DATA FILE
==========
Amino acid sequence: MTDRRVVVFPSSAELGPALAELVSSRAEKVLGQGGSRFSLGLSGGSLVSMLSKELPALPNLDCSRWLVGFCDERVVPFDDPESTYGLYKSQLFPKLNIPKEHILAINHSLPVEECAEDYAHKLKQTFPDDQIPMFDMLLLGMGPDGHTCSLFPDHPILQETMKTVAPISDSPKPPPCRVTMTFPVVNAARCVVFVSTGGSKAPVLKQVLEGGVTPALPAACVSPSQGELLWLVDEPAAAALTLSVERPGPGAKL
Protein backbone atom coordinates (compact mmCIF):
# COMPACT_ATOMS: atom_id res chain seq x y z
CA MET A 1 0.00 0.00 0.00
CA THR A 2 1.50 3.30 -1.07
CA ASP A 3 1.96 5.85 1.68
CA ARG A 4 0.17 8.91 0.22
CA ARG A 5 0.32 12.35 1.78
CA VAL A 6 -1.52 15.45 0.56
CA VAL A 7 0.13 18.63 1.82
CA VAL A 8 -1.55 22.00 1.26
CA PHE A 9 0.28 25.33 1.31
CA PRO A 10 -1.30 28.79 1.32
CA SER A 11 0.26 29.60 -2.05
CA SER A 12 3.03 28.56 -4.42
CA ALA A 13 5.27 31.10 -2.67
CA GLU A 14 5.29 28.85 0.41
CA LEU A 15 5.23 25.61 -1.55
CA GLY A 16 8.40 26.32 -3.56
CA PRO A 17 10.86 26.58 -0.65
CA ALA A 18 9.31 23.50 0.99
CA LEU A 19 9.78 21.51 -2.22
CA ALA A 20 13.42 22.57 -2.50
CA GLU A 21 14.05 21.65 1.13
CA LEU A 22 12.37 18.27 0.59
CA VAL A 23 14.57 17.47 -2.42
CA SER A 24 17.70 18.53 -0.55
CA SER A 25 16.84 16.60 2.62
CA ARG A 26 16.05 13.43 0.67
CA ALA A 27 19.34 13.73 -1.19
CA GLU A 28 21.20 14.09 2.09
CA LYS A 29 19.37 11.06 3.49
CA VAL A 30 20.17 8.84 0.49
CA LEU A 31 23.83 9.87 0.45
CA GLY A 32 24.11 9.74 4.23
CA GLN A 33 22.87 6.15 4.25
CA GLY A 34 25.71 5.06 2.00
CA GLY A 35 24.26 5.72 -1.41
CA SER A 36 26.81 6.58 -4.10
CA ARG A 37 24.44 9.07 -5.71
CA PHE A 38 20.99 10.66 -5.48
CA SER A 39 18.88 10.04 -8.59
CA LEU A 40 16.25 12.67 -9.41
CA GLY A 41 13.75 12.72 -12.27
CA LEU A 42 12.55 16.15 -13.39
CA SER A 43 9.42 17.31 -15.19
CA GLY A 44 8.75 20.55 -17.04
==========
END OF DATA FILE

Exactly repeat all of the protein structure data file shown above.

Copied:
Amino acid sequence: MTDRRVVVFPSSAELGPALAELVSSRAEKVLGQGGSRFSLGLSGGSLVSMLSKELPALPNLDCSRWLVGFCDERVVPFDDPESTYGLYKSQLFPKLNIPKEHILAINHSLPVEECAEDYAHKLKQTFPDDQIPMFDMLLLGMGPDGHTCSLFPDHPILQETMKTVAPISDSPKPPPCRVTMTFPVVNAARCVVFVSTGGSKAPVLKQVLEGGVTPALPAACVSPSQGELLWLVDEPAAAALTLSVERPGPGAKL
Protein backbone atom coordinates (compact mmCIF):
# COMPACT_ATOMS: atom_id res chain seq x y z
CA MET A 1 0.00 0.00 0.00
CA THR A 2 1.50 3.30 -1.07
CA ASP A 3 1.96 5.85 1.68
CA ARG A 4 0.17 8.91 0.22
CA ARG A 5 0.32 12.35 1.78
CA VAL A 6 -1.52 15.45 0.56
CA VAL A 7 0.13 18.63 1.82
CA VAL A 8 -1.55 22.00 1.26
CA PHE A 9 0.28 25.33 1.31
CA PRO A 10 -1.30 28.79 1.32
CA SER A 11 0.26 29.60 -2.05
CA SER A 12 3.03 28.56 -4.42
CA ALA A 13 5.27 31.10 -2.67
CA GLU A 14 5.29 28.85 0.41
CA LEU A 15 5.23 25.61 -1.55
CA GLY A 16 8.40 26.32 -3.56
CA PRO A 17 10.86 26.58 -0.65
CA ALA A 18 9.31 23.50 0.99
CA LEU A 19 9.78 21.51 -2.22
CA ALA A 20 13.42 22.57 -2.50
CA GLU A 21 14.05 21.65 1.13
CA LEU A 22 12.37 18.27 0.59
CA VAL A 23 14.57 17.47 -2.42
CA SER A 24 17.70 18.53 -0.55
CA SER A 25 16.84 16.60 2.62
CA ARG A 26 16.05 13.43 0.67
CA ALA A 27 19.34 13.73 -1.19
CA GLU A 28 21.20 14.09 2.09
CA LYS A 29 19.37 11.06 3.49
CA VAL A 30 20.17 8.84 0.49
CA LEU A 31 23.83 9.87 0.45
CA GLY A 32 24.11 9.74 4.23
CA GLN A 33 22.87 6.15 4.25
CA GLY A 34 25.71 5.06 2.00
CA GLY A 35 24.26 5.72 -1.41
CA SER A 36 26.81 6.58 -4.10
CA ARG A 37 24.44 9.07 -5.71
CA PHE A 38 20.99 10.66 -5.48
CA SER A 39 18.88 10.04 -8.59
CA LEU A 40 16.25 12.67 -9.41
CA GLY A 41 13.75 12.72 -12.27
CA LEU A 42 12.55 16.15 -13.39
CA SER A 43 9.42 17.31 -15.19
CA GLY A 44 8.75 20.55 -17.04